A CHEF who sold cannabis to fund his own addiction to the illicit herb was unmasked by chance when a police dog stumbled across his car.

Swindon magistrates were told the animal was helping its handler on an unrelated job when it picked up a scent, leading it to Callum Hyner’s vehicle.

Tom Power, prosecuting, said officers had found around £100-worth of cannabis packaged in a way that suggested the 23-year-old was dealing the class B drug. There were five bags containing 1g of cannabis and two bags of 1.8g.

Police seized Hyner’s phone and, when they went round to his house, discovered vaping equipment later confirmed to have been stolen from David Holt, director of Swindon’s Vape Ninja store.

“He recognised the goods as being from his shop,” Mr Power said.

Hyner, of Juliana Close, Middleleaze, pleaded guilty to possession of cannabis with intent to supply and handling stolen goods.

Magistrates were told Hyner had begun selling cannabis to friends and associates in a bid to fund his own habit. He had smoked the drug since the age of 12.

The professional chef also saw it as a way of helping to support himself, after he had lost his job at a north Swindon pub and found himself effectively blacklisted and back living at home with his mum.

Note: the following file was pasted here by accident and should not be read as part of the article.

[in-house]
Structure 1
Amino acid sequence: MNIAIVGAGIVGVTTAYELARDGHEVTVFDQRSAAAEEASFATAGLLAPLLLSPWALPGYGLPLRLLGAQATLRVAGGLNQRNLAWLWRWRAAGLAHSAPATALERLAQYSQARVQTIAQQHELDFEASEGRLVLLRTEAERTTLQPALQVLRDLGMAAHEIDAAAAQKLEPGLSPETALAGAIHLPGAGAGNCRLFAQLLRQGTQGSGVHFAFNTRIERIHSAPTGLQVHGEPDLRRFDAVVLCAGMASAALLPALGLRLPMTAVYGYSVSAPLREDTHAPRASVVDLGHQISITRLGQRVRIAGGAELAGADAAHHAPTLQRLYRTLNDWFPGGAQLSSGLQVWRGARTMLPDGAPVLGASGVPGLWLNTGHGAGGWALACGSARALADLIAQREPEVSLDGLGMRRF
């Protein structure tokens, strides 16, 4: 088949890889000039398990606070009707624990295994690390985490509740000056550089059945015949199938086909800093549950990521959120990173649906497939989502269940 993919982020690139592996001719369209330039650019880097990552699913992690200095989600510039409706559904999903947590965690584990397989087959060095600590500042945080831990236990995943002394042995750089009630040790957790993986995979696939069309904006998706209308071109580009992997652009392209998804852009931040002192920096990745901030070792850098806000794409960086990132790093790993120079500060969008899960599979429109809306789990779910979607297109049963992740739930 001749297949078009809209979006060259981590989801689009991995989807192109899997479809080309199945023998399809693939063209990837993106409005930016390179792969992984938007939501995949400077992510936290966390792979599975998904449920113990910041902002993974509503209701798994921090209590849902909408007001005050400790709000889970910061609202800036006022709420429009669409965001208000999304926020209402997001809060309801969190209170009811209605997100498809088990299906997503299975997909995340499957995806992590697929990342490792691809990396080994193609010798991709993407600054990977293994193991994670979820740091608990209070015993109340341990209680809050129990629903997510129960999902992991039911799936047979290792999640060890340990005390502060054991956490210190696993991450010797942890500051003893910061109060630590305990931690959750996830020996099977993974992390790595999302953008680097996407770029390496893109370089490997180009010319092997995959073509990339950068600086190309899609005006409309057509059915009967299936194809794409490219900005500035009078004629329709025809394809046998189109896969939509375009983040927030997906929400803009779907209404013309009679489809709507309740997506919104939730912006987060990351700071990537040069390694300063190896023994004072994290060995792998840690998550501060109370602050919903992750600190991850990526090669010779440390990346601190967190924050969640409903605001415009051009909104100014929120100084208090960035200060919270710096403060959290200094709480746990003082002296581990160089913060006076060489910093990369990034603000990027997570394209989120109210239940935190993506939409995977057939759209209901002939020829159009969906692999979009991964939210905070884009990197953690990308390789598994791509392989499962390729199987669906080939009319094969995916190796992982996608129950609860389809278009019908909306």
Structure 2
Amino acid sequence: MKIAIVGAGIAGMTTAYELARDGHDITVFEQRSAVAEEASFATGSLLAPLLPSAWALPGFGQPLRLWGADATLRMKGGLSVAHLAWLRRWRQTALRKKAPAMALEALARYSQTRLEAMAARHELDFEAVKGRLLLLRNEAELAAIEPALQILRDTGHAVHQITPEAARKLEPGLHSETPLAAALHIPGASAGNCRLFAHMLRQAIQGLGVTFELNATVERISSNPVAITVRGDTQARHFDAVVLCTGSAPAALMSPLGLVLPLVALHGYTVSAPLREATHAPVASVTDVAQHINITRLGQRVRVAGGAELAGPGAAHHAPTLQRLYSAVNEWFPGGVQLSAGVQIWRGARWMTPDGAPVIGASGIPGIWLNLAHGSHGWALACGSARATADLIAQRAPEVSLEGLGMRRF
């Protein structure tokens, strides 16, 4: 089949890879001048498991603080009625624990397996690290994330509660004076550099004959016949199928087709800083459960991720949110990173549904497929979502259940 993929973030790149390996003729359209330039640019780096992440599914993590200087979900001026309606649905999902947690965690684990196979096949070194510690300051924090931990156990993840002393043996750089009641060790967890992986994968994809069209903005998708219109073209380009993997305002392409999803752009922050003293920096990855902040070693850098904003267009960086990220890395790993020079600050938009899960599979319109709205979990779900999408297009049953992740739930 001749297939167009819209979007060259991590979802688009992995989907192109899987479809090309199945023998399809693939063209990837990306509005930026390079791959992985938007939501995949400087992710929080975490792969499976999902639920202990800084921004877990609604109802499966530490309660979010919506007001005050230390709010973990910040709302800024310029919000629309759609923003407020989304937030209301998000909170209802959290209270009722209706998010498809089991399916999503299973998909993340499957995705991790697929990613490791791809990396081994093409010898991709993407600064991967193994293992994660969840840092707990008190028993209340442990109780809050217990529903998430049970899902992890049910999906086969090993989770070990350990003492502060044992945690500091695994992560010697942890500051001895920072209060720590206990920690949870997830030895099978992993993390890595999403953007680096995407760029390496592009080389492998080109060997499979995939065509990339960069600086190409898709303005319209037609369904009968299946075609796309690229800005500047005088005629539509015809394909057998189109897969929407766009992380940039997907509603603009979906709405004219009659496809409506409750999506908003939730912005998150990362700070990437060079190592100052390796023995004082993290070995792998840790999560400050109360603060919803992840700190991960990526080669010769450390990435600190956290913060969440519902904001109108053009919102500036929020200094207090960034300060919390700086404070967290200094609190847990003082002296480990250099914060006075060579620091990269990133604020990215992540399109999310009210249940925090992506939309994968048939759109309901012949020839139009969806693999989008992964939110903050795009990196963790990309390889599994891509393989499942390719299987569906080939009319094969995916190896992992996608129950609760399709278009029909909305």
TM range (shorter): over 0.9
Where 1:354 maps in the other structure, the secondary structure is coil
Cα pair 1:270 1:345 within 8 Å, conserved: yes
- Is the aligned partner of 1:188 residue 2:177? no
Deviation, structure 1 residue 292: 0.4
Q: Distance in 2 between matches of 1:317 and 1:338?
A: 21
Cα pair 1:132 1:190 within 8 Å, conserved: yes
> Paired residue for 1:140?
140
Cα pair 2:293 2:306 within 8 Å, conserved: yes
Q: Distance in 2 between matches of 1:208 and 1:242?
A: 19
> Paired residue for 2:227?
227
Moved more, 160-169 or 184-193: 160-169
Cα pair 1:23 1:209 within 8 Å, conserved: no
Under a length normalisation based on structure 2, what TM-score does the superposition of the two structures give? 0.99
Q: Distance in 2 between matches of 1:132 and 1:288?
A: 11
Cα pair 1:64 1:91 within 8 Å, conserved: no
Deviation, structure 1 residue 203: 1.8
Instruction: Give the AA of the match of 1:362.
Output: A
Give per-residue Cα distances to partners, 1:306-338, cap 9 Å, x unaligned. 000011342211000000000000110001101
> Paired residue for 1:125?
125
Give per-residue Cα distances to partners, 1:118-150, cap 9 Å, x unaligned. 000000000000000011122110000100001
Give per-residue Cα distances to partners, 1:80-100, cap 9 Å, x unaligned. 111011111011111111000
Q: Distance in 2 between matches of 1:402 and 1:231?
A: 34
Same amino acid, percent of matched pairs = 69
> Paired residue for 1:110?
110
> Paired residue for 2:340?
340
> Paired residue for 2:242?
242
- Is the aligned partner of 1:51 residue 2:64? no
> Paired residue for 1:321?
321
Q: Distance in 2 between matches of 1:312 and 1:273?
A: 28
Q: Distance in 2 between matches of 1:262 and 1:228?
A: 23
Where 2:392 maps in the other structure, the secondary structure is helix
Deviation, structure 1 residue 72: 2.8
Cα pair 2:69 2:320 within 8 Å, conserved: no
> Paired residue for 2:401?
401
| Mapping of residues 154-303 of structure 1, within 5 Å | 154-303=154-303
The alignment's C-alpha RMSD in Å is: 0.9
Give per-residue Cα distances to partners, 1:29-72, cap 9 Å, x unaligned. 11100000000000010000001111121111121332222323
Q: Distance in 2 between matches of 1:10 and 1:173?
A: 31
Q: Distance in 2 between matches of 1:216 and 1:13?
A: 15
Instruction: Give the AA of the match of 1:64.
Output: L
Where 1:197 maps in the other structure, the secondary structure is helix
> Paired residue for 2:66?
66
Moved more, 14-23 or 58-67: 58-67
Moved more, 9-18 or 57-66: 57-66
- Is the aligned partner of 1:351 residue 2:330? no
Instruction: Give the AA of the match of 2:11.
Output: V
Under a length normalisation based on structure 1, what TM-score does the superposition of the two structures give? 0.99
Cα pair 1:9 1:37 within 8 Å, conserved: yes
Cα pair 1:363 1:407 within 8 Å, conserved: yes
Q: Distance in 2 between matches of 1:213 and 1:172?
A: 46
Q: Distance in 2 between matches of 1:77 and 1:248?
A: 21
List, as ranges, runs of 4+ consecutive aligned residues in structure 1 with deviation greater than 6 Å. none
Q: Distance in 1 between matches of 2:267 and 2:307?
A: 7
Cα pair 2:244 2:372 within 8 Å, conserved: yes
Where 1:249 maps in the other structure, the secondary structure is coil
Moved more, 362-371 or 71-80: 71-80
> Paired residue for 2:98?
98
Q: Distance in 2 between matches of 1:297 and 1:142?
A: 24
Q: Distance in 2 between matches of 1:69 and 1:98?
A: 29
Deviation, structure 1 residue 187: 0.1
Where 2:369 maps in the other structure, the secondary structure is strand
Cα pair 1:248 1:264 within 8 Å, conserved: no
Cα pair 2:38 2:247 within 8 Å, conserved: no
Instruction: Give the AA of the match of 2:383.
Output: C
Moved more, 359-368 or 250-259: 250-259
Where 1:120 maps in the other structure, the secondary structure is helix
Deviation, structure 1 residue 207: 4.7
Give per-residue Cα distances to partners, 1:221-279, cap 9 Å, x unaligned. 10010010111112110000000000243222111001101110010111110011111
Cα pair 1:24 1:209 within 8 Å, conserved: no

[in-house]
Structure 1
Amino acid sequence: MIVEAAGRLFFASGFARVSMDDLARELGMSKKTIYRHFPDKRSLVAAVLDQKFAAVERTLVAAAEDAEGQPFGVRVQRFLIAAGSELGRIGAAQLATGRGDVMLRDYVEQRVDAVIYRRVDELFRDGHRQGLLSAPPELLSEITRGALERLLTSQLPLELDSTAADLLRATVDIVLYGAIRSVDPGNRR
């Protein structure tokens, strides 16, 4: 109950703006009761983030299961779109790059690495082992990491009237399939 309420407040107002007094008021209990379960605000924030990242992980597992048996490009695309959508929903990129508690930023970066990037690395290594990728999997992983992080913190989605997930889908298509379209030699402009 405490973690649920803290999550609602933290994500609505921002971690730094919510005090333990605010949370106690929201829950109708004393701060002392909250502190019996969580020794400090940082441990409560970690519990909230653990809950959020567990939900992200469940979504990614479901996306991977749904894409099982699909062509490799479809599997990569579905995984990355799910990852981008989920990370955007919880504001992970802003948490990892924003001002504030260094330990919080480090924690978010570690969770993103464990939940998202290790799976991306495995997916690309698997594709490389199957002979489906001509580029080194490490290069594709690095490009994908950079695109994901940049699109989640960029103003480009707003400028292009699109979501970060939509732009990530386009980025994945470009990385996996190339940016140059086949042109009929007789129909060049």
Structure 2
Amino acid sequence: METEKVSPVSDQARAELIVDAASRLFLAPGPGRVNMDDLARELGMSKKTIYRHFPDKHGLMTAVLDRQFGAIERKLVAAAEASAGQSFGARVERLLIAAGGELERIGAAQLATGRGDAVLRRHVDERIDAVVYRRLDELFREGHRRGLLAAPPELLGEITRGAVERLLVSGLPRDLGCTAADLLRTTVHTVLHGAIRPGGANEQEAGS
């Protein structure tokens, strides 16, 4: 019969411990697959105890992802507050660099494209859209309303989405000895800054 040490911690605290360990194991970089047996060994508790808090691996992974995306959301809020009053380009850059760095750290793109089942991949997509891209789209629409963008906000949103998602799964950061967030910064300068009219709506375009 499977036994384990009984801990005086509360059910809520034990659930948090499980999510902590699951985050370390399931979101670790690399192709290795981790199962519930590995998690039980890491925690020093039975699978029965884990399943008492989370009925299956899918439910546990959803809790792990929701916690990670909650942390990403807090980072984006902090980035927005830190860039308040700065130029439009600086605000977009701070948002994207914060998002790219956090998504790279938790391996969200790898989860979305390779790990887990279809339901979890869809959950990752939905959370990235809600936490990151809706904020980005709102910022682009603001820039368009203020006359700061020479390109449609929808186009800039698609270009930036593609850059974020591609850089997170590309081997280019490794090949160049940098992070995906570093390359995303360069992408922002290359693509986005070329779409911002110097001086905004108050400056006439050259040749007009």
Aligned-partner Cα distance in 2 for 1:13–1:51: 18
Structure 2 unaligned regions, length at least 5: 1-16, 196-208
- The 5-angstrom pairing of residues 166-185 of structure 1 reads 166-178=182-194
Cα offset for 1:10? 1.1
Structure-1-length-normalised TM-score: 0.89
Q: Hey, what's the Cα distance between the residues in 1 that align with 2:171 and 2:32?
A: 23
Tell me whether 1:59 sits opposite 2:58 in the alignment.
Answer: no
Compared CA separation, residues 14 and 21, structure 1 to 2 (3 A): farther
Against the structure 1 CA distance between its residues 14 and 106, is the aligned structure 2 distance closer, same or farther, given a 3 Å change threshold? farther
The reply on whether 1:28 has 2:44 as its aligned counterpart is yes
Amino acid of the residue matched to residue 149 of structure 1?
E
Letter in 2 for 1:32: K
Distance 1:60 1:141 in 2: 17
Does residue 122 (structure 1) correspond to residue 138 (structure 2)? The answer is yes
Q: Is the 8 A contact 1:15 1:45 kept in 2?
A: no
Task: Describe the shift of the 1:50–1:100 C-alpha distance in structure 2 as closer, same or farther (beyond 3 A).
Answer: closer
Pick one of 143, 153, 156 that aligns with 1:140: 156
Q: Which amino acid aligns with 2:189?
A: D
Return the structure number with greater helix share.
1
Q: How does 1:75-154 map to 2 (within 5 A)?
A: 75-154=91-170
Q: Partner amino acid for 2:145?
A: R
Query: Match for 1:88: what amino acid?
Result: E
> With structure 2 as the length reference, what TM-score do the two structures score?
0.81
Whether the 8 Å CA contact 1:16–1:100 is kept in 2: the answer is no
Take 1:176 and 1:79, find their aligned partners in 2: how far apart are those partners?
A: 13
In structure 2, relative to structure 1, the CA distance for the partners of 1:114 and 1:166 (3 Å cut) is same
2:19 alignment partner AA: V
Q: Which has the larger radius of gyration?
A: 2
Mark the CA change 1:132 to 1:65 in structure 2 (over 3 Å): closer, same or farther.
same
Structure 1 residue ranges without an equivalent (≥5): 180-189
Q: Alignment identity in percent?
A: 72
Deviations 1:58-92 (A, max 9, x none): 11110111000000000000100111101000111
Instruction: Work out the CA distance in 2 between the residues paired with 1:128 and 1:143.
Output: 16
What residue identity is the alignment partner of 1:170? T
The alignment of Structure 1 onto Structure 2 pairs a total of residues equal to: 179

He had never sold cannabis to children or strangers, only to his friends and others he knew. Since being caught out by the police he had managed to drastically cut his cannabis use. Once smoking between £40 and £60 of the drug a day, now £10-worth of the herb would last him up to a week.

Hyner and his friends were said to have been approached by a man unknown to him, offering bargain vaping equipment. At the time, he had thought it seemed too good to be true.

Representing himself at Swindon Magistrates’ Court, remorseful Hyner said: “I’m very much aware that what I did was wrong and I have spent the last year and nine months of my life trying to make up for those mistakes.”

He added: “I came here ready to face the consequences of my actions.”

Michelle James, for the probation service, said Hyner had been assessed as suitable for drug rehabilitation by an officer from addiction service Turning Point: “Her words were that he’s he most motivated person she’s ever assessed.”

Magistrates sentenced him to a community order, requiring him to complete 150 hours’ unpaid work, 15 rehabilitation activity requirement days and pay £170 in costs and victim surcharge. He was also given a six-month drug rehabilitation requirement.